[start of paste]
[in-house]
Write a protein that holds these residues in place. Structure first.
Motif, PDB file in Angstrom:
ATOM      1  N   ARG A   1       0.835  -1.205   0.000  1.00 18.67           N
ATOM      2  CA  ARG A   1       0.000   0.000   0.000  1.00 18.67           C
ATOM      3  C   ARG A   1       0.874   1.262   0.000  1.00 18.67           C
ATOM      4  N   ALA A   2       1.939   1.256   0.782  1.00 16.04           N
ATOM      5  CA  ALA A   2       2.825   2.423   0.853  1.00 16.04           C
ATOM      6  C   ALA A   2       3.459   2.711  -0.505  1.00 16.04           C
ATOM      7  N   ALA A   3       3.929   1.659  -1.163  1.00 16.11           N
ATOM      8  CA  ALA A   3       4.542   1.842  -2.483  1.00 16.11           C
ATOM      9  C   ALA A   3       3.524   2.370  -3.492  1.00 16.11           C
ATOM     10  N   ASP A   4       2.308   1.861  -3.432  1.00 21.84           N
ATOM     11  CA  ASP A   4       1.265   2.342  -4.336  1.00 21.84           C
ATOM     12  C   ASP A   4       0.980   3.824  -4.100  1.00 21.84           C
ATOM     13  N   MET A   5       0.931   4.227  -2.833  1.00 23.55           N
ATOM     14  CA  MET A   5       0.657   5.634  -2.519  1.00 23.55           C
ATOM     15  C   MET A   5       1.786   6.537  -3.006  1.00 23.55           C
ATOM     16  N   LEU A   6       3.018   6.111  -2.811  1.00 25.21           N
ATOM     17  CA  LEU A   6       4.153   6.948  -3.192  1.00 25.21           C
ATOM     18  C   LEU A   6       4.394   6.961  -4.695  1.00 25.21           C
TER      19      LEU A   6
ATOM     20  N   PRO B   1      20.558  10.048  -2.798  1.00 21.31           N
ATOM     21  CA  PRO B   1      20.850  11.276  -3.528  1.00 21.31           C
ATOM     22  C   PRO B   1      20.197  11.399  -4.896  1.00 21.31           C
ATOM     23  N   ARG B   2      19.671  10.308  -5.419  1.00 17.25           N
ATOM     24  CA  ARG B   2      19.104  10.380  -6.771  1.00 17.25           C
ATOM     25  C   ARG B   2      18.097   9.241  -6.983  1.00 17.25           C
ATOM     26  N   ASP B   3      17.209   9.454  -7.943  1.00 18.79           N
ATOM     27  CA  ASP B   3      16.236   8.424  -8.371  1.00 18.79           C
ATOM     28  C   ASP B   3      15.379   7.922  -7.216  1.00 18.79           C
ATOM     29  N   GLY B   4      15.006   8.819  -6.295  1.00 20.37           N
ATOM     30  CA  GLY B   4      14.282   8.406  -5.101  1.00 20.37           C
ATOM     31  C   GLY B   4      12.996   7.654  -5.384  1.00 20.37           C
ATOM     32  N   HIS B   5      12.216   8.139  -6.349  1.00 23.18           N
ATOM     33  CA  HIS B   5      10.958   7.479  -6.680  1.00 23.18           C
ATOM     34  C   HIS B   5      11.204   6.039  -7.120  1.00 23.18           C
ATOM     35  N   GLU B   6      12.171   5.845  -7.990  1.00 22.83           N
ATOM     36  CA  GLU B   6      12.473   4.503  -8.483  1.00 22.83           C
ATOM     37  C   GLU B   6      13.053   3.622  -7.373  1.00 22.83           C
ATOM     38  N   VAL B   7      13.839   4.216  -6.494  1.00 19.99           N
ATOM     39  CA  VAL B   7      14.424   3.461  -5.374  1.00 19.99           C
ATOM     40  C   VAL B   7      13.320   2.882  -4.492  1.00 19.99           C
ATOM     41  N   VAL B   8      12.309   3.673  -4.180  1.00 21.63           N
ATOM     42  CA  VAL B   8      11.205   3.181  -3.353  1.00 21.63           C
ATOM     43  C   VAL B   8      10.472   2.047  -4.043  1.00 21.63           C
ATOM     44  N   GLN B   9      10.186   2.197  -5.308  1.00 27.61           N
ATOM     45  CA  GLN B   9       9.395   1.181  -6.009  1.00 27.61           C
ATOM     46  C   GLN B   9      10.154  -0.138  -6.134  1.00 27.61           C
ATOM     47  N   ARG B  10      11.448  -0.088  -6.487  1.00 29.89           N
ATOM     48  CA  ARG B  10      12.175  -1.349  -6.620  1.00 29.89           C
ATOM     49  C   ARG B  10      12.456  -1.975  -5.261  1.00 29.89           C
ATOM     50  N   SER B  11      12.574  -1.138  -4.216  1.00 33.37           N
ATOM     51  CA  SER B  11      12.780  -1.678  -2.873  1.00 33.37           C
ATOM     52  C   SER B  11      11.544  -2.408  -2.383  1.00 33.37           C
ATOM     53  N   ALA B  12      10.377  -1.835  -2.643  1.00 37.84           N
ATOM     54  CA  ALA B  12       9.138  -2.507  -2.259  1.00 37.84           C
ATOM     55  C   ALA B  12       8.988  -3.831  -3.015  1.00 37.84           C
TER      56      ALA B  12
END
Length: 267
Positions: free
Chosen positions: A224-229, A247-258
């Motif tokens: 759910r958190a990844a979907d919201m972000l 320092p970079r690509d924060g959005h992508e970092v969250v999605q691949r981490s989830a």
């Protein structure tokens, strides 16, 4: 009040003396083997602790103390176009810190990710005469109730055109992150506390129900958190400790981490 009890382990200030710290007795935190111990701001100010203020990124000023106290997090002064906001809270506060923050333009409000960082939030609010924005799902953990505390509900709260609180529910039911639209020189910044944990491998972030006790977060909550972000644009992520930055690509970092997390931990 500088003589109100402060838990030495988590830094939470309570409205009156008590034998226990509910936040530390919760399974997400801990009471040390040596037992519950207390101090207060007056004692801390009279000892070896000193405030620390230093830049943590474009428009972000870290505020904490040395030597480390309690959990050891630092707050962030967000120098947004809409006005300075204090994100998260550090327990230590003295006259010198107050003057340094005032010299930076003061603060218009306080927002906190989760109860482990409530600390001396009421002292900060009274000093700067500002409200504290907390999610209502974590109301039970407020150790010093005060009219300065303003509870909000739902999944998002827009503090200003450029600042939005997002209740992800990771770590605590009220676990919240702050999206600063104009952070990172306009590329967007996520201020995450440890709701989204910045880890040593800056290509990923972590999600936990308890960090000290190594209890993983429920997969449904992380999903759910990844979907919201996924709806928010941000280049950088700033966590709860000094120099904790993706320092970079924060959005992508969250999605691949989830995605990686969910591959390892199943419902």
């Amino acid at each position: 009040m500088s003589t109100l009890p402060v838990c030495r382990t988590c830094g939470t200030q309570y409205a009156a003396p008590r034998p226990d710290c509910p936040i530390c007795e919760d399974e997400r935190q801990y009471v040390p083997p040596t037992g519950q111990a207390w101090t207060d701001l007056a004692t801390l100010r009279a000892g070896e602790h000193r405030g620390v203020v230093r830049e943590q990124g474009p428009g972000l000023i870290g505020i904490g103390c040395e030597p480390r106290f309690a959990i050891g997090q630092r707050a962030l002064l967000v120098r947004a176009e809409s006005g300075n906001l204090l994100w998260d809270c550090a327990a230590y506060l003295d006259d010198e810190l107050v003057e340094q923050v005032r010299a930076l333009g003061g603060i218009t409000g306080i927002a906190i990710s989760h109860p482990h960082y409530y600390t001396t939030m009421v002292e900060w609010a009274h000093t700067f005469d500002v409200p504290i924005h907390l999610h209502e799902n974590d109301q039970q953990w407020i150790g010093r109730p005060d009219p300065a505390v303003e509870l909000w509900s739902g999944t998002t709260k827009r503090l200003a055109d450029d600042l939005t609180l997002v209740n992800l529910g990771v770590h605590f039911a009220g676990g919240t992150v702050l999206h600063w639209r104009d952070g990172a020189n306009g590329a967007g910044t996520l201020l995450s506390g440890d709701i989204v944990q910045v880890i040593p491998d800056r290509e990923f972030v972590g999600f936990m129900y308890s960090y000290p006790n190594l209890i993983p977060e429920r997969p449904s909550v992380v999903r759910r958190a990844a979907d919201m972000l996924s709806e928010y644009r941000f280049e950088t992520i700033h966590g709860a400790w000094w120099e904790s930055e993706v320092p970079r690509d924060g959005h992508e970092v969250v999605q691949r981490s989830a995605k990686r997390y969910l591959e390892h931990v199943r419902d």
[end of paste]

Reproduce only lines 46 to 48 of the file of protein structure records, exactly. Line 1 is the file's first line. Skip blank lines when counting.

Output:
ATOM     43  C   VAL B   8      10.472   2.047  -4.043  1.00 21.63           C
ATOM     44  N   GLN B   9      10.186   2.197  -5.308  1.00 27.61           N
ATOM     45  CA  GLN B   9       9.395   1.181  -6.009  1.00 27.61           C